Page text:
For the first time in half a century, Sweden was demanding photo identification documents (ID) for all travelers from Denmark in a drastic move to stem an unprecedented influx of refugees.
Extra security were on hand to oversee the new border controls on the Danish side of the Oresund bridge-and-tunnel link, a major entry point for migrants and refugees hoping to start a new life in Sweden.
Marten Jegenstam, a 41-year-old consultant who lives in Denmark but works in Sweden, said that controls were needed.
“I think we need some control [over our borders], but it needs to be very smooth, the commuting back and forth requires balance,” he said.
Under the new rules, rail passengers are required to exit trains and clear checkpoints before boarding the trains again. Those without valid identification are to be refused entry.
Travelers had been warned to expect long lines and delays in the afternoon, when many commuters began returning to Sweden from their jobs in the Danish capital. The measures aim to keep out undocumented migrants and come after Sweden — which has taken in more asylum seekers per capita than any other European nation — said it could no longer cope with the unregulated flow of new arrivals.
A temporary fence has already been erected at Copenhagen Airport, Kastrup’s station, where trains are to be stopped for mandatory controls.
“It’s as if we are building a Berlin Wall here. We are going several steps back in time,” said Michael Randropp, a spokesman for the local Kystbanen commuters’ association.
The reintroduction of border controls means that travelers between the two Nordic countries are required to show photo ID for the first time in more than 50 years and deals yet another blow to Europe’s cherished passport-free Schengen system.
Several other EU countries, including Germany, Austria and France, also reimposed border checks last year as the continent grappled with its biggest refugee crisis since World War II.
More than 1 million migrants reached Europe last year, most of whom were refugees fleeing war and violence in Syria, Afghanistan and Iraq, according to the UN High Commissioner for Refugees.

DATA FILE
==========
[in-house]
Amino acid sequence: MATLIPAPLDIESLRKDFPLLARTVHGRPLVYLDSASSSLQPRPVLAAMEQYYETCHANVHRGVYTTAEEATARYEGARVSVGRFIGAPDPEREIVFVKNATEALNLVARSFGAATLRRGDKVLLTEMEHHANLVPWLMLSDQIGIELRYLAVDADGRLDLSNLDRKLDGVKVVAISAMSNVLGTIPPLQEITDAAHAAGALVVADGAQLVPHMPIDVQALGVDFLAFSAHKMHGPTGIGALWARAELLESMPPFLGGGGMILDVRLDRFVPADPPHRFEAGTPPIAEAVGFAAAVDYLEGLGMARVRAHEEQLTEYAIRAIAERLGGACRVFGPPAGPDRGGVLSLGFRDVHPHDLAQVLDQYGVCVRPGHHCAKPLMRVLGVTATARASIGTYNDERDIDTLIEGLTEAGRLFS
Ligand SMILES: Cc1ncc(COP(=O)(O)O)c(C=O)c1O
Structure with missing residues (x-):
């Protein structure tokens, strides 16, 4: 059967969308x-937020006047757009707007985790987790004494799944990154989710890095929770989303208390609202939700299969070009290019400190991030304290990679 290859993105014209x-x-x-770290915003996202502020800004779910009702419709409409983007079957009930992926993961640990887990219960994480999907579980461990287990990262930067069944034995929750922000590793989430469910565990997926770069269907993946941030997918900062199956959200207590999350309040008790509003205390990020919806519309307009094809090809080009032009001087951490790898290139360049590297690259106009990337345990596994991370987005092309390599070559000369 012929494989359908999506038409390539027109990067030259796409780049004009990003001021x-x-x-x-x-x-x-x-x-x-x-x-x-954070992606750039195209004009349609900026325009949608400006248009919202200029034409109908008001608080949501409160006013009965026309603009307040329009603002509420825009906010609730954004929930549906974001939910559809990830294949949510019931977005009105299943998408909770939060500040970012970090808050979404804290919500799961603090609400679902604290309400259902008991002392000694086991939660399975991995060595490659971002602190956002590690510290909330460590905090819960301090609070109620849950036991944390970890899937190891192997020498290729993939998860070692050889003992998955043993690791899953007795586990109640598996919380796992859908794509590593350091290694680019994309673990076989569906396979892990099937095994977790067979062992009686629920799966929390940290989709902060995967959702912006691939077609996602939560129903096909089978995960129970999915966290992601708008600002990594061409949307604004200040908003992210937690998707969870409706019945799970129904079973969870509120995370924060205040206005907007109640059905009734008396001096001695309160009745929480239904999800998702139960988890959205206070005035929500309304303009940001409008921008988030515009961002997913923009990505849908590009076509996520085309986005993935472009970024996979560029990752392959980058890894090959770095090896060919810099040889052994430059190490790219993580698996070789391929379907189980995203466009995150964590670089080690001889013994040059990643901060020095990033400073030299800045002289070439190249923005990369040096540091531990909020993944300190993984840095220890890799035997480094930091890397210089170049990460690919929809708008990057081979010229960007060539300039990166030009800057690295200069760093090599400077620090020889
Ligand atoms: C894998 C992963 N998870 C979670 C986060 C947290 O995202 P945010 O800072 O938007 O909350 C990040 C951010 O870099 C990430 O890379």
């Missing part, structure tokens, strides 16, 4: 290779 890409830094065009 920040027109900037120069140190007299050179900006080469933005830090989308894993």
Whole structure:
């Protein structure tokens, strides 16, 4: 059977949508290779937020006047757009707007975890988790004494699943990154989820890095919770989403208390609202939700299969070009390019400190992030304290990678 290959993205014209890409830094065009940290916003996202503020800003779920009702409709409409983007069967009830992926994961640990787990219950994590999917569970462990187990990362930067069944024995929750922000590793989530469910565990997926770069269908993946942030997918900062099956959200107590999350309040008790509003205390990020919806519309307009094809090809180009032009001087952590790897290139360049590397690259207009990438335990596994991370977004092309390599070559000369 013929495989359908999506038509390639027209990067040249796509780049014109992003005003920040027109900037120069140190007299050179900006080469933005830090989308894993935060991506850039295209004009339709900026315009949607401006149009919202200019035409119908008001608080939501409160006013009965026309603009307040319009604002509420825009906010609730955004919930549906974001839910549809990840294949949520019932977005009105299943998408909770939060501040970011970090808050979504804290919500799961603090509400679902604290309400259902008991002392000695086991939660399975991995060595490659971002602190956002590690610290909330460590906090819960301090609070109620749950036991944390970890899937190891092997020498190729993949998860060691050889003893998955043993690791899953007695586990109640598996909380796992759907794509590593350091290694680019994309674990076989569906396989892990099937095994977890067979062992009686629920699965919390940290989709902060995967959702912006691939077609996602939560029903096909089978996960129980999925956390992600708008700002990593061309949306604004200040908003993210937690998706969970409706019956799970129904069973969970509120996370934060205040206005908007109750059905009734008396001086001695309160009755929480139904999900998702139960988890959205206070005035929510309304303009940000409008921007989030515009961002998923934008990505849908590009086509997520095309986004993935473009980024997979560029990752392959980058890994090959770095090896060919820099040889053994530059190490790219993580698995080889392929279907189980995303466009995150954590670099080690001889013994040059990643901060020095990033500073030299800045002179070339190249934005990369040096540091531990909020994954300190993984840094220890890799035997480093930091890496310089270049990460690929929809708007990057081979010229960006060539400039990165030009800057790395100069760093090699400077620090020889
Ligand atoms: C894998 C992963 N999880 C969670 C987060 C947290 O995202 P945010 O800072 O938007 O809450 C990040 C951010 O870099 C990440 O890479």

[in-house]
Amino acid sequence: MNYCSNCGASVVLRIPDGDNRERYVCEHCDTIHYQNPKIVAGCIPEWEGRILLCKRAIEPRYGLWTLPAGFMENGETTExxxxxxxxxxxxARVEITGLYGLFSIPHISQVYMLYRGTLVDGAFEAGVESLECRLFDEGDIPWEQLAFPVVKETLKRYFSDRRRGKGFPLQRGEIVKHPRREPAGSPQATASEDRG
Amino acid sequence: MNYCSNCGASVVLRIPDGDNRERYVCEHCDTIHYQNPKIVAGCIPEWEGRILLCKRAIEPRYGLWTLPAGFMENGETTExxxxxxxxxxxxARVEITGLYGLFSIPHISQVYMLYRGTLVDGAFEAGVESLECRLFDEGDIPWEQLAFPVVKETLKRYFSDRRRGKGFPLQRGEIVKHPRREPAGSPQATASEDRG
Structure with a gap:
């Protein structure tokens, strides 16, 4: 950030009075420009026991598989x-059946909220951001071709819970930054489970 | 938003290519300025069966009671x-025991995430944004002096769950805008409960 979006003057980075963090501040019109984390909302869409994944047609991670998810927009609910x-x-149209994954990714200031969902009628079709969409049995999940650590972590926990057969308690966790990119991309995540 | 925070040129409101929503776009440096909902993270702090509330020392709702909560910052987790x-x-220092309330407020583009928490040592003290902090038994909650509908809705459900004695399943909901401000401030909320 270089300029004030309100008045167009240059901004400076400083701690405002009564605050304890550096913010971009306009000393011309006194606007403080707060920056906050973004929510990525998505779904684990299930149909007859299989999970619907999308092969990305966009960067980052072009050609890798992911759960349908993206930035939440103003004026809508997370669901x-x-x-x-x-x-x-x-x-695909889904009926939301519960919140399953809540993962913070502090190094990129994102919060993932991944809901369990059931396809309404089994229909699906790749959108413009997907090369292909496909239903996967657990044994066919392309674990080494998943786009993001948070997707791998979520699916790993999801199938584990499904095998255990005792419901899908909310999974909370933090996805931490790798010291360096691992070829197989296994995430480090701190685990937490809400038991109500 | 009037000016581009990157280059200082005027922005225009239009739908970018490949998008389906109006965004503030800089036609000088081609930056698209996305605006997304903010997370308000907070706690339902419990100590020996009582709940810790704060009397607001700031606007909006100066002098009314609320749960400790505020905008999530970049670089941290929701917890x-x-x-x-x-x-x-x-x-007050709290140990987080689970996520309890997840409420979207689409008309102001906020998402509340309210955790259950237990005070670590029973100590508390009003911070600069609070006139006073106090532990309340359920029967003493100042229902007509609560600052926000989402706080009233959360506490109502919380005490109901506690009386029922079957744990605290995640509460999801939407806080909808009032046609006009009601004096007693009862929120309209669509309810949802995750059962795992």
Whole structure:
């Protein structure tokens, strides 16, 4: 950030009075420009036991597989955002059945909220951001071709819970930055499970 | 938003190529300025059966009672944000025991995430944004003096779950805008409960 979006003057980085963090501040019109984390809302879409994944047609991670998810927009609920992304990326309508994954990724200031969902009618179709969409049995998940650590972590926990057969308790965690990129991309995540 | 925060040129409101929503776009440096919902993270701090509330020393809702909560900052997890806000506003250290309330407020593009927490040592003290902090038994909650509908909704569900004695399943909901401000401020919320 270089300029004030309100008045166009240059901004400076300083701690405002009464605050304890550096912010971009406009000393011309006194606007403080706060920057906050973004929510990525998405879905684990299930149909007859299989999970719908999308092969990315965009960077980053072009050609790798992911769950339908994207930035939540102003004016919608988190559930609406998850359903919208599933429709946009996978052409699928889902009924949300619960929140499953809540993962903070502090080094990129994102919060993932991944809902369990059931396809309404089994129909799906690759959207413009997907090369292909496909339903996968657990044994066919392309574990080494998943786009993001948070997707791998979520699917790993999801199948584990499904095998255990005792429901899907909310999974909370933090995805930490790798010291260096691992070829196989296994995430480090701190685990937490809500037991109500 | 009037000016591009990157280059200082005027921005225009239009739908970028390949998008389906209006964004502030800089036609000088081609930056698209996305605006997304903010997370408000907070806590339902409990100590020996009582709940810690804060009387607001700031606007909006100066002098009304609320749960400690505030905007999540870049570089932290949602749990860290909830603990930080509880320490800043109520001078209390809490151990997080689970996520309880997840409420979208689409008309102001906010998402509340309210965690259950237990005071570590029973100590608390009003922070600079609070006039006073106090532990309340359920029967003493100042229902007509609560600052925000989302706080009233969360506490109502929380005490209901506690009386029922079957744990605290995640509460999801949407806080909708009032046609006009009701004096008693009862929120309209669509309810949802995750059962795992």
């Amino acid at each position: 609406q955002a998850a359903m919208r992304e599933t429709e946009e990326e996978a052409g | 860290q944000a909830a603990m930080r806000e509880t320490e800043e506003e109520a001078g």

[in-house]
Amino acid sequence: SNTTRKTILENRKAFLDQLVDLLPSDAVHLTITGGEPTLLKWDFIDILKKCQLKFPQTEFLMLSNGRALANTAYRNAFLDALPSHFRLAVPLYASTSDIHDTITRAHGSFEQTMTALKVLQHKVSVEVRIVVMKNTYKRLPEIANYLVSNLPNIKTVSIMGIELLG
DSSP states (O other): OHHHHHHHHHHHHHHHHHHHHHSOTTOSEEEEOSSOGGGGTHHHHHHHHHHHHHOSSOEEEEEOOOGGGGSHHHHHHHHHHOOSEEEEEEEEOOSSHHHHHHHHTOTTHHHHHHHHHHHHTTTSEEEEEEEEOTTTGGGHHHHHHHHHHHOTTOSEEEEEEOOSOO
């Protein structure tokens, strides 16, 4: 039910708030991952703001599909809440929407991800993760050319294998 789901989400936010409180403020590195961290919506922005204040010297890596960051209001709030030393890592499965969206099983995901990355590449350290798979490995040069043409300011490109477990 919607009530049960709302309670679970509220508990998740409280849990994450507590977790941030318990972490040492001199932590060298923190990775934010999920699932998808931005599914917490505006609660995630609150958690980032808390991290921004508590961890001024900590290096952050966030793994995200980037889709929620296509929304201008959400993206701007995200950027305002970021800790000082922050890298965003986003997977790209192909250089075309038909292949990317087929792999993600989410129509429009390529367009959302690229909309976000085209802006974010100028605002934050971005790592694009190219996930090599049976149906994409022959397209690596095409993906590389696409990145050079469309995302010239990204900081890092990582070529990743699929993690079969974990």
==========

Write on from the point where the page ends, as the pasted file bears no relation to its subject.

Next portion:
Sweden, a country of 9.8 million people known for its generous asylum policies, took in an estimated 160,000 asylum seekers last year alone.
However, the inflow has strained the country’s capacity to take care of the newcomers and authorities recently warned they would no longer be able to provide housing for everyone. As the public mood shifted, the government began reversing its open-door policy.
Some temporary border controls were already reintroduced on Nov. 12 last year, after which the number of weekly arrivals dropped from a peak of 10,500 to about 3,500 by the middle of last month, according to the Swedish Migration Agency.
In a further attempt to regain control over the flood of people arriving via Denmark, the Swedish legislature last month passed a temporary law making transport companies responsible for ensuring that those arriving via the 8km Oresund crossing carry valid photo ID.
Anyone who fails to provide the necessary documents will be turned back, and travel operators who fail to comply risk a fine.
“I believe that these ID checks will be effective. More will have to seek asylum in other countries,” Swedish Minister of Justice Morgan Johansson recently told the Swedish daily Dagens Nyheter.
Aside from the inconvenience the checks are expected to cause — especially for the about 8,600 daily commuters between Copenhagen and the southern Swedish city of Malmo — the new measures threaten to cause Danish travel operators financial difficulties.
Danish train company DSB has already threatened to levy a supplementary charge on passengers crossing the strait to cover the costs of the checks, and the Danish HH Ferries Group said it had reported Sweden to the EU for unfair competition after being required to pay for identity checks.
The company argues that the consortium operating the Oresund Bridge, which is partly owned by the Swedish government, was given special treatment, because it was not required to help fund the measures.
The border controls have also irked Danish authorities, who are waiting to see if they will end up with a buildup of migrants stuck at their border.
The migration crisis has been a major point of contention between the two neighbors, with Denmark’s right-wing government actively discouraging migrants and refugees from settling in the country.
It took in about 18,000 asylum seekers last year.
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